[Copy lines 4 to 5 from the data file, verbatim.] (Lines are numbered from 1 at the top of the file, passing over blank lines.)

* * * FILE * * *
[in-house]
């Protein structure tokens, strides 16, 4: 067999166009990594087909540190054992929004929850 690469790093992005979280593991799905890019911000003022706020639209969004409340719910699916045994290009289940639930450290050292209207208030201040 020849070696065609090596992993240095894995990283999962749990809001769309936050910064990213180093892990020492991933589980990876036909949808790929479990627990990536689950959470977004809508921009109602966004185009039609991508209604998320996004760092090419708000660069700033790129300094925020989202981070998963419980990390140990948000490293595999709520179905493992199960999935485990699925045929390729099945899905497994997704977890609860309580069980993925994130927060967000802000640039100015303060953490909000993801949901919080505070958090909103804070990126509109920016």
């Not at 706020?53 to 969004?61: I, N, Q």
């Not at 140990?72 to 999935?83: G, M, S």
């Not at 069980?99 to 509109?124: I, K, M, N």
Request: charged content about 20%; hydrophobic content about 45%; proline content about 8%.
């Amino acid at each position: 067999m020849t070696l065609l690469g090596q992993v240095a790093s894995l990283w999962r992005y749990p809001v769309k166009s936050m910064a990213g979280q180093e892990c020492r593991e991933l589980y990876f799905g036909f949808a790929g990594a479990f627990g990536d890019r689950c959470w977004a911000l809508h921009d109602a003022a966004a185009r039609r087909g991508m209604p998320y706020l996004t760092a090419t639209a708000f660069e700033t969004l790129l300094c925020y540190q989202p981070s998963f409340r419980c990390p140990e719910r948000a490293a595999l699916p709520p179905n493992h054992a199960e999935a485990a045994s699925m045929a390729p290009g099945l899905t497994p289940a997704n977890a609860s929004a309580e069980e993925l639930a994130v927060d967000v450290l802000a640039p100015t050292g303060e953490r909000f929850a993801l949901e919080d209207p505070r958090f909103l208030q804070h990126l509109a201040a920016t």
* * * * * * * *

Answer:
């Not at 140990?72 to 999935?83: G, M, S």
């Not at 069980?99 to 509109?124: I, K, M, N």